12 July 2016

Taboo Talk #4: Battling Eating Disorders (TW) | #SpeakUp

Hello lovely readers! I've been sitting on this post for a few days now and have edited, cut, chopped it up and almost deleted it a few times. It's been a little while since my last Taboo Talk, (icymi I am now a fully fledged tree hugger) so this is a rare and more serious post than the ushe. Youj? Youje? The usual. *breathes* Bare with me!

There will be a more upbeat and positive post in the next couple of days that I'm excited to share with you! For now, I'm not usually one for over sharing and it's incredibly difficult for me to talk about this still. In fact I usually avoid the subject all together!
Hence why it's super scary for me to post and promote this. I feel that less of us need to be scared of addressing this topic so here goes-

A few mornings ago I read a guest post by Robyn from OhSoDaisy over at Thrifty Vintage Fashion, explaining what it's like to live with an eating disorder. She summed it up perfectly; all encompassing, life revolving, it's a cycle that you can't break.

This isn't going to be a sob story. I want to highlight the invisible struggle of these illnesses that are STILL prevalent in young girls and boys, more than we know. Not enough people understand or take eating disorders seriously. I wanted to write my experience and recovery story as a source of comfort, knowledge or inspiration for any of my readers who might be suffering or know/suspect someone is suffering from an eating disorder.

They are life threatening. They are not a fashion trend- lets reduce the stigma and taboo.

I'm 20 now, and was around 13-14 when eating disorders began to play a part in my life. It started with cutting out snacks and desserts, then I didn't want to drink sugary drinks anymore (I still don't drink cordial out of habit), then it turned into looking into ways lose weight. Looking back, I wasn't fat. I was of average weight, lean and the parts of my body I ridiculed weren't all that different from the people I admired.

There was so much sneaky behaviour I indulged in when all of this started, which comes 'naturally' with eating disorders. You're ashamed but need someone to talk to, need people to indulge your self-hatred. Twitter was a cesspool for these types of people- whom were also sick but encouraged it in others. I'm sure I encouraged others weight loss too; there was a network of anonymous accounts encouraging eating disorders, referring to Anorexia and Bulimia as your friends 'ana and mia'.

After I let all of this sink into my easily influenced mind I began competing with myself. When I reached a new lowest weight I had to go lower, and lower, and lower.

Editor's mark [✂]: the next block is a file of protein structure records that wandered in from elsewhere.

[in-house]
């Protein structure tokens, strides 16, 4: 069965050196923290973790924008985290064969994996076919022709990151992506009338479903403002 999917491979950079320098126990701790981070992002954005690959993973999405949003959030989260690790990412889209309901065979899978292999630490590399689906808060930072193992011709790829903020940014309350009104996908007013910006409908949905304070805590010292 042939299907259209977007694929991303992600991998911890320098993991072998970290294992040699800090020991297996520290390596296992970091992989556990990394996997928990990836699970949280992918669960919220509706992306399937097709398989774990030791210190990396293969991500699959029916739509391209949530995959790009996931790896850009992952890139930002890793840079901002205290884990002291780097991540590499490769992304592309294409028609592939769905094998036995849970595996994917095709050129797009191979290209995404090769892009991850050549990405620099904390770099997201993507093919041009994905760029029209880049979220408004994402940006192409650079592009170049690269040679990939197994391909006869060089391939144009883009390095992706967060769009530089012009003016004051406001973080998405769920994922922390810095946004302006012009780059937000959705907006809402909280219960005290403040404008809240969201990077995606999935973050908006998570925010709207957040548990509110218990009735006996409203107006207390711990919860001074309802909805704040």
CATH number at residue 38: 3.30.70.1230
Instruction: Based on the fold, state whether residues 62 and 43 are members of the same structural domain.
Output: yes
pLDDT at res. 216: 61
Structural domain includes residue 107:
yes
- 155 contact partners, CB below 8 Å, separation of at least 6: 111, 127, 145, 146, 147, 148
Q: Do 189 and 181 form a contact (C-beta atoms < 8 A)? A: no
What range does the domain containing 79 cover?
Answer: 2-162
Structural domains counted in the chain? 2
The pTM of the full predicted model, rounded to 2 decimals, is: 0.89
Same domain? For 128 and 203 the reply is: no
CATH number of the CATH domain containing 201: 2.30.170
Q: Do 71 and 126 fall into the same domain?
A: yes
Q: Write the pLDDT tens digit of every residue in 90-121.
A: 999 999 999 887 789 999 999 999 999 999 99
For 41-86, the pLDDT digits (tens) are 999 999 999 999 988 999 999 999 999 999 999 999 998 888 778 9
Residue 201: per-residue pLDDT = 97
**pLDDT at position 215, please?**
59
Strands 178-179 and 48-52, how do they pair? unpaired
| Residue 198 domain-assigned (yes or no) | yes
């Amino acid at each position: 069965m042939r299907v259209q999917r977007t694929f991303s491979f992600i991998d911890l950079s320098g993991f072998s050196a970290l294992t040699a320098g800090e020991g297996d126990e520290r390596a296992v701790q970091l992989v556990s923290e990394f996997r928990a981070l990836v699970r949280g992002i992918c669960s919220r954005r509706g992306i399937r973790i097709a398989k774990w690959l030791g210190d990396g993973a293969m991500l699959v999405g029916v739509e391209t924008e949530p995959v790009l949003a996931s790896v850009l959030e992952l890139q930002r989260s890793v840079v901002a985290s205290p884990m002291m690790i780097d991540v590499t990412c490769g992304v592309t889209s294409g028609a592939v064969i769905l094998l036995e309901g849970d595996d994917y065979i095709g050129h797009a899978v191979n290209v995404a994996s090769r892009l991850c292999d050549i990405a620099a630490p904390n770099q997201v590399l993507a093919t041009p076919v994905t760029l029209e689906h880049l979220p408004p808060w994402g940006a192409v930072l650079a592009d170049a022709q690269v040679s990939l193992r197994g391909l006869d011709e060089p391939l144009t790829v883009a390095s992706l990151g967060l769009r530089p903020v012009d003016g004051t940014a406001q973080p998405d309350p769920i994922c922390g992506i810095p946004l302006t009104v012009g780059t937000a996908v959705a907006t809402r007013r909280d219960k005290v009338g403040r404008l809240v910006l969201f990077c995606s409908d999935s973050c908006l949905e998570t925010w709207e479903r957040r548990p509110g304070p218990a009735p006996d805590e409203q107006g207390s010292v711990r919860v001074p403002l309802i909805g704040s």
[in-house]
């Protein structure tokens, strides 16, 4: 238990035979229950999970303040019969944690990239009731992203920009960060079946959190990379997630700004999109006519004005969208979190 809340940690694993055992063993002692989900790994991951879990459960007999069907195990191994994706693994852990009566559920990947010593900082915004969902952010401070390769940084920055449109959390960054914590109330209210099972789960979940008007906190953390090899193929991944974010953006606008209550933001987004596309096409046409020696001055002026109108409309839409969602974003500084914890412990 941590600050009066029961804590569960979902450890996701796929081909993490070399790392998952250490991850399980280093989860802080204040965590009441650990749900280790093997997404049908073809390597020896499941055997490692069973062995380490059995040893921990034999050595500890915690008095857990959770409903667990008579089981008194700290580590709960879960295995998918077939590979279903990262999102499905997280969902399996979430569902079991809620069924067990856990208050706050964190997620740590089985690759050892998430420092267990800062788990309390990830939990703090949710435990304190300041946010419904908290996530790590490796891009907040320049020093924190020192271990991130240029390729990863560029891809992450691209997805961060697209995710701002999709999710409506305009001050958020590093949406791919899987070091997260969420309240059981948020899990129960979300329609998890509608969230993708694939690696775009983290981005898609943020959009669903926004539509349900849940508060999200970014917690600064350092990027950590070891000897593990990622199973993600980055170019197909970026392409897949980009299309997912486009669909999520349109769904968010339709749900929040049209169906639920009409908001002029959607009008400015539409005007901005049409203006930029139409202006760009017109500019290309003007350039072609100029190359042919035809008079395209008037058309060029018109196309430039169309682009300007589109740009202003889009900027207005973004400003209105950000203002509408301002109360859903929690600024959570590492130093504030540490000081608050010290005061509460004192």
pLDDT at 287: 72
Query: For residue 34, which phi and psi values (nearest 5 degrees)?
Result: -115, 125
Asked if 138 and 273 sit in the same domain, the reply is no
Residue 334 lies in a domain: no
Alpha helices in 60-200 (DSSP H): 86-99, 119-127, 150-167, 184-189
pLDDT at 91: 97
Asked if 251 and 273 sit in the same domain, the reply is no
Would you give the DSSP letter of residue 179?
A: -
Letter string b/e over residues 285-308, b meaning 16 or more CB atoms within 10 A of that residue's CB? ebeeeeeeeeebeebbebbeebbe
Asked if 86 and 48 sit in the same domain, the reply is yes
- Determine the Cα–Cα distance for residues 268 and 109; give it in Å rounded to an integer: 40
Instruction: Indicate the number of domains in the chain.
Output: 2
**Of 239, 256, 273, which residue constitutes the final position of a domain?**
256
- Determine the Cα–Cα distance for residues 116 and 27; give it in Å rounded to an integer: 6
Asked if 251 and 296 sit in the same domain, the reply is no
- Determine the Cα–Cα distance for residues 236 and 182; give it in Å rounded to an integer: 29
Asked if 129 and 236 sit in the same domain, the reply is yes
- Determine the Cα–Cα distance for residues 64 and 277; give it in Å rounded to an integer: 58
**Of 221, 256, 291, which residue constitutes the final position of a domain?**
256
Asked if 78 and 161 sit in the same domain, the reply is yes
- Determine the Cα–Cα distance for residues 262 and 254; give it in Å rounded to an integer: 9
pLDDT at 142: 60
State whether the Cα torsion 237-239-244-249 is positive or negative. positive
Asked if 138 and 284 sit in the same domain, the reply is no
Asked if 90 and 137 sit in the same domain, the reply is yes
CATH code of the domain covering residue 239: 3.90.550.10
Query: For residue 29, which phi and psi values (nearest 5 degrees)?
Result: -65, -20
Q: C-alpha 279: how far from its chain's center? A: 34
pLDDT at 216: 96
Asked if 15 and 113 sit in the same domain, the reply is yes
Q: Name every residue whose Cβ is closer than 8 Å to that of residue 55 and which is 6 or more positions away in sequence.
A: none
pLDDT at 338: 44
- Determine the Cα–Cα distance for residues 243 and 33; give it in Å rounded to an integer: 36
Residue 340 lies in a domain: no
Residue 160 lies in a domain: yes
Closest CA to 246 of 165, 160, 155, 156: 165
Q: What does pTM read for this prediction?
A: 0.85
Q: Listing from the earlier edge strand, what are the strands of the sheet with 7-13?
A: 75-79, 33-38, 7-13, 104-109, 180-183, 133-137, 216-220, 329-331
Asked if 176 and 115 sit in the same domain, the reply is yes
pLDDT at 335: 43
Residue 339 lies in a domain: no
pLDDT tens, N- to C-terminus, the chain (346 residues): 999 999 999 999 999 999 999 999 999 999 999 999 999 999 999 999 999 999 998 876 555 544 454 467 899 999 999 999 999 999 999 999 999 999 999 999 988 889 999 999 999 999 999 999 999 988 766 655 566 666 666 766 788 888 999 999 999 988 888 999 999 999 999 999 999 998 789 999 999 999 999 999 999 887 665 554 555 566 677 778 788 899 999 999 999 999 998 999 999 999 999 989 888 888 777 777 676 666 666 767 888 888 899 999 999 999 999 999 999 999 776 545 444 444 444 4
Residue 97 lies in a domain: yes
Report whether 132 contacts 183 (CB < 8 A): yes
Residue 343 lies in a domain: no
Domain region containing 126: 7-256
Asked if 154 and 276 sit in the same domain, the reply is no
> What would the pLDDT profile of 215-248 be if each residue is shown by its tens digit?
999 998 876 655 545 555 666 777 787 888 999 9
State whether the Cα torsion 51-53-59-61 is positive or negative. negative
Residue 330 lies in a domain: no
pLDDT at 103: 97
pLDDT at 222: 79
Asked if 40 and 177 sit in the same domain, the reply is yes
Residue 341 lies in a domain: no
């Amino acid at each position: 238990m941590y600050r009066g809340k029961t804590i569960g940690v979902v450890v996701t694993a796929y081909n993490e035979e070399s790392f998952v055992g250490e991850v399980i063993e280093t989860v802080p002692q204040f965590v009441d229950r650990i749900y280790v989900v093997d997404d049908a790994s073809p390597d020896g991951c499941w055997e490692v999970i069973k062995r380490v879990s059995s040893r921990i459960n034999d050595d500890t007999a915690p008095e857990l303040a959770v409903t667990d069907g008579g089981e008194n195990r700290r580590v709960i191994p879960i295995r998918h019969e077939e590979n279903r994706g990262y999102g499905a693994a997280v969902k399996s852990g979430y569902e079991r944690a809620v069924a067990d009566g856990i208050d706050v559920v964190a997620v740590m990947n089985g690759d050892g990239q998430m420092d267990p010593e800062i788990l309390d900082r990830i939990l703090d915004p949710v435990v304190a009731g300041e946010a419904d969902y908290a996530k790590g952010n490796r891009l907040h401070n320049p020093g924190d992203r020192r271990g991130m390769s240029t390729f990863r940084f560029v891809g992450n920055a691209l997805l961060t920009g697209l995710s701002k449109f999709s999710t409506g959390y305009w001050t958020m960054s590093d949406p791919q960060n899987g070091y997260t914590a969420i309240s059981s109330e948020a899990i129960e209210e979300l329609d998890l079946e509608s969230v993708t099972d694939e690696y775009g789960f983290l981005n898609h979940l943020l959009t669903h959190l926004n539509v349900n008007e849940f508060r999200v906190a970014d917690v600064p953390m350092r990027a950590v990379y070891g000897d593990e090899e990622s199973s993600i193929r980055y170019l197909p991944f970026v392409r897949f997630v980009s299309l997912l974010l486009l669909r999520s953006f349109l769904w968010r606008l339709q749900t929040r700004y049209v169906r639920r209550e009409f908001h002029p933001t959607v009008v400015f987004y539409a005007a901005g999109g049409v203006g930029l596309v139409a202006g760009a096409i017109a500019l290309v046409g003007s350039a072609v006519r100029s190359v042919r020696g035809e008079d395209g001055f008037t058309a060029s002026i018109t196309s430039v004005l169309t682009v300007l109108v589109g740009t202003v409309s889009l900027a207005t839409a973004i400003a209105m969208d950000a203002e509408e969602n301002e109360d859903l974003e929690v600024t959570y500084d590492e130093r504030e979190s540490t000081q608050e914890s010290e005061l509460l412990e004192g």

*trigger warning*
At my lowest point I consumed no more than 50 calories a DAY- making excuses to miss dinner, hiding food and throwing away lunches. 

I still feel so guilty about this now because at the time my mum cooked all the meals and made the lunches. How cruel that an illness can make you disregard the care of loved ones. Oh god now I'm crying haha, she really put up with a lot of things. Love you meems!!

Eating disorders are a mind controlling, all powerful disease. Eating disorders are a mental illness. When you reach a new low, you need to go lower, and while being frustrated that you're so cold and hungry, you want to shrink away more.

Then came the therapy; I attended CAHMS for I'm not sure how long throughout senior school and in all honesty the sessions just made me more angry and defensive. At one point I was even worse than at the start and was told that if I sank any lower I'd have to go into hospital. It all started with cutting out snacks. See what I'm pointing? 

It all begins with the smallest, most thoughtless string of decisions, or behaviours.

So CAHMS didn't help, most likely because I didn't want to get better. The eating disorder was so invested in my brain that it became a sole purpose and goal for everyday. In the end I ended up so depressed about myself and life that I RESENTED help, was angry at those who tried to help me, becoming even more secretive and causing other issues that I won't touch on today.
I struggled this way with starving myself (or 'fasting' as the anonymous Twitter demons would call it) which eventually led me to throwing up when I did eat. Not everything- the worst part for me at that time was that I didn't look, or I thought I didn't look thin. There were barely any signs of this mental illness on the outside.